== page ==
"It's not the responsibility of the federal government to tax Canadians in order to fund provincial programs that provinces choose to conduct," he told reporters on Tuesday afternoon.
"That's their jurisdiction."
In other words, if the provinces think they need more money, they can raise their own damn taxes, thanks very much! Not surprisingly, Quebec Premier Jean Charest is not impressed:
"When Mr. Harper said, 'I'm going to fix the fiscal imbalance,' he never said, 'I'm going to fix it by asking the provinces to increase taxes,'" Charest said.
"And when he said, 'I'm going to reduce the GST,' he never said, 'I want the provincial governments to come in and take up the extra percent[age point].'"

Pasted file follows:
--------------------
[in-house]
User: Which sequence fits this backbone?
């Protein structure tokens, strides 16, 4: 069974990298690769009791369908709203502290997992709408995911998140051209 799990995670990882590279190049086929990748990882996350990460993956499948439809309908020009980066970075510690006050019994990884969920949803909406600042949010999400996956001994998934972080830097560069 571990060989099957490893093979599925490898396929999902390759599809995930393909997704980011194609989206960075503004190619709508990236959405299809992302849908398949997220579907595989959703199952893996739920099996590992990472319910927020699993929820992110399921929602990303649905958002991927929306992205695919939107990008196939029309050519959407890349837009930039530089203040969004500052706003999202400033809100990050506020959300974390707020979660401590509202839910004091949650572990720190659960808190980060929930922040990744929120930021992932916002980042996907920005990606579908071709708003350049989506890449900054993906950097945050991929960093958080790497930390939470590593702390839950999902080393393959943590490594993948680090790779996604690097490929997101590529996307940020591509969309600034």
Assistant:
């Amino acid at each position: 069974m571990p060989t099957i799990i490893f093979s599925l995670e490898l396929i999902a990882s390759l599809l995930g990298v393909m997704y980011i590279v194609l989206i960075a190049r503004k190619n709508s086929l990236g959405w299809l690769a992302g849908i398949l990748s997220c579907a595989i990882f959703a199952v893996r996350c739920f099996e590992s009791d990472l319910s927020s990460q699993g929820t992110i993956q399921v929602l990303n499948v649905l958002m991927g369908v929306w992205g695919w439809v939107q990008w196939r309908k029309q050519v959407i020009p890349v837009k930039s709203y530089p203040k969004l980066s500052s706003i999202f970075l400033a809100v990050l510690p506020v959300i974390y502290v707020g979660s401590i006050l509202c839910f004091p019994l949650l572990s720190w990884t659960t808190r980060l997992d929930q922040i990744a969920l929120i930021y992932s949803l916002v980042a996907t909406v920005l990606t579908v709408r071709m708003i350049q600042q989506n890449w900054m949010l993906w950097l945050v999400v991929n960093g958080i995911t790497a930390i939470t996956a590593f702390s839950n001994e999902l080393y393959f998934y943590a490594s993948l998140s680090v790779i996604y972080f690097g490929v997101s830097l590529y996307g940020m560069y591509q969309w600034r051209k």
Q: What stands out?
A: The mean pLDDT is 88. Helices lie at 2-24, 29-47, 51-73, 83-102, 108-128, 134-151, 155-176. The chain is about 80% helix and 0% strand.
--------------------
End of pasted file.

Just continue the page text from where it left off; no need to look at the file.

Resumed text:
There will be two more or less immediate results of this back-down.
The good news is, Harper has thrown away his majority, or at least will have to find a way to it through a route other than La belle Province. Quebecers did not give the CPC the seats they did because they saw this overweight, charisma-free, far right economist from Alberta and fell in love. No, those ridings were purchased with monies promised from the fiscal imbalance. Now Harper has come to town for St. Jean Baptiste Day, eaten a bunch of barbecue hot-dogs, and left without paying!
The bad news, as noted briefly above, is that the latest polls out of Quebec have shown Charest's Liberals ahead of or at least within shouting distance of their PQ opponents, and this gives the opposition yet another cudgel to pummel the provincial government with: can anyone say "betrayal"?